Tropical storm Ana reached now hurricane strength and is currently categorized as a Category 1 Hurricane. The tropical storm watch is now expanded to include all Hawaiian islands. The Department of Emergency Management also advises O’ahu residents that the following American Red Cross shelters will be available for Hurricane Ana. The shelters listed below will open
Today the University of Hawai’i foundation and the Shidler College of Business at the University of Hawai’i at Mānoa got a generous gift from Jay Shidler, a former student and now a real estate investor and founder of the Shidler Group. In 2006, Shidler donated $25 million to the College of Business at the University of Hawai‘i
Today I found a post from Alexander Nguyen in the Times of San Diego. It seems to be an interesting approach. So if you are an influential tweeter based in San Diego, you might consider joining the network Official emergency messages from the county of San Diego in the future might be spread by the region’s most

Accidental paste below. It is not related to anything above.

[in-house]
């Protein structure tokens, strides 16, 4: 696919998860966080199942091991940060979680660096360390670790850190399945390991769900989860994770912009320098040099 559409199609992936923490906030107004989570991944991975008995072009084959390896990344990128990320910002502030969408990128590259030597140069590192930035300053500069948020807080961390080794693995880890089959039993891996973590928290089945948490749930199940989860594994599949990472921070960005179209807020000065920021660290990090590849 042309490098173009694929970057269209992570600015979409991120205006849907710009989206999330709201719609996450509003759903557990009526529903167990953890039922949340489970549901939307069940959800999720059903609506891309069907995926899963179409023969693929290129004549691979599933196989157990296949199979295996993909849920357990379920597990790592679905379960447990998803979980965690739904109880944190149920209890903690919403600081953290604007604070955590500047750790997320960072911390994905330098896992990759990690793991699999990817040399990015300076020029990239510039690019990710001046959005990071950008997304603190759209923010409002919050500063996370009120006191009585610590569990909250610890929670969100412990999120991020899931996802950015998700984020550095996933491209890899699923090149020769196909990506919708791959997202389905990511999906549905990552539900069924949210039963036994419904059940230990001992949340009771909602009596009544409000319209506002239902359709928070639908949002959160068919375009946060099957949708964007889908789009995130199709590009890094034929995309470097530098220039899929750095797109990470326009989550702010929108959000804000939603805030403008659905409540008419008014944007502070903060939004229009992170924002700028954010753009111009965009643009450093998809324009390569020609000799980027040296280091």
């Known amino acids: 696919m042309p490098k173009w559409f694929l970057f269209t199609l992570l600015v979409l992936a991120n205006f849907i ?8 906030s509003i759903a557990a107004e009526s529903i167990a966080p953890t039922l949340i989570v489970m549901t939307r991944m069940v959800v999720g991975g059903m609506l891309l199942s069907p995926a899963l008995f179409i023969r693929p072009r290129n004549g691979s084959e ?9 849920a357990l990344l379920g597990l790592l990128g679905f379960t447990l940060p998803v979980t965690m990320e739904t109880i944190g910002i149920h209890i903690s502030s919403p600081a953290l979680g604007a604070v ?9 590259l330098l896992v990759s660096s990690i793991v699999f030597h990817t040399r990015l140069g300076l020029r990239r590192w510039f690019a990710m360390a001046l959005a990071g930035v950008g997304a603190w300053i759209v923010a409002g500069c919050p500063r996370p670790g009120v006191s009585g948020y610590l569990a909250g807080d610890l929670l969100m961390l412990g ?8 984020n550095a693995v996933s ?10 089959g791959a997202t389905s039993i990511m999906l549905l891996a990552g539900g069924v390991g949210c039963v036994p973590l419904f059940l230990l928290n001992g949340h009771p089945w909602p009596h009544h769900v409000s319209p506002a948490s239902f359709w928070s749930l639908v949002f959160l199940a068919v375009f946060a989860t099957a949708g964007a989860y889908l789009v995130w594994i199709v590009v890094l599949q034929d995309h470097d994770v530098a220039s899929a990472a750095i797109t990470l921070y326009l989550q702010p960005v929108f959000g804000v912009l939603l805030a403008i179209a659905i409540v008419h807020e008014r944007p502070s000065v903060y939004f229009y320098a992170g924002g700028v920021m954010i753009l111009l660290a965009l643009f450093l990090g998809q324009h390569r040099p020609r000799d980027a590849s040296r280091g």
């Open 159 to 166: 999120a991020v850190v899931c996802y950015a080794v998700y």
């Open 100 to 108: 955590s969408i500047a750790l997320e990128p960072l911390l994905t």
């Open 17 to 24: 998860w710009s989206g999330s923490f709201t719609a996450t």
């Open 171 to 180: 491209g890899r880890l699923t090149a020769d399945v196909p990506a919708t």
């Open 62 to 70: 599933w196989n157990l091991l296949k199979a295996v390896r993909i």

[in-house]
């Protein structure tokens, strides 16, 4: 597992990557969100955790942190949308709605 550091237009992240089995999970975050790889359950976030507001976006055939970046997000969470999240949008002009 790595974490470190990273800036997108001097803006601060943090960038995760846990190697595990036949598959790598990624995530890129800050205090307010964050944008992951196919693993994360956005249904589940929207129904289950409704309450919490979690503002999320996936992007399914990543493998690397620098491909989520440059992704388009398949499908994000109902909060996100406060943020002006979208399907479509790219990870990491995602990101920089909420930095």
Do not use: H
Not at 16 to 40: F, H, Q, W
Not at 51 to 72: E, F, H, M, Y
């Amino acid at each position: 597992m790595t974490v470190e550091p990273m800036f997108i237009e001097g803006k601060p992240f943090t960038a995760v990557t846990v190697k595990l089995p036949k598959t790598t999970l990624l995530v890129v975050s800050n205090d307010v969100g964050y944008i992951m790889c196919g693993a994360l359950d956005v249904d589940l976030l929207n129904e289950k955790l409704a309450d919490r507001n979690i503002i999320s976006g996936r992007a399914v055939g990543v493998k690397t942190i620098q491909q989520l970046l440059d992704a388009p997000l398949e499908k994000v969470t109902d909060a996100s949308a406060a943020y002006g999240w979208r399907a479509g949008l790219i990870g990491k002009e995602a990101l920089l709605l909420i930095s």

Here are some useful fact sheets from the Hawai’i Emergency Management Agency: HI-EMA Fact Sheet No. 1 – Should I shelter-in-place or go to a hurricane evacuation shelter? HI-EMA Fact Sheet No. 2 – What should I do in an emergency if my kids are at school or daycare? HI-EMA Fact Sheet No. 3 – What should I
After working in the field of (urban) disaster response (at Fraunhofer-Institute for Industrial Engineering IAO) for a couple of years, I now have the opportunity to be in a situation I normally just did research about. Normally one should be scared about the situation, but I think about it more as a field research opportunity.
Yesterday (Oct. 2, 2014) I read an interesting article about ride-sharing services such as Uber and Lyft from Catherine Rampell and who benefits from them. Her argument is that Unlike drivers or urban planners, Uber and Lyft have no incentive to limit the number of cars on the road; quite the opposite, since the companies don’t bear the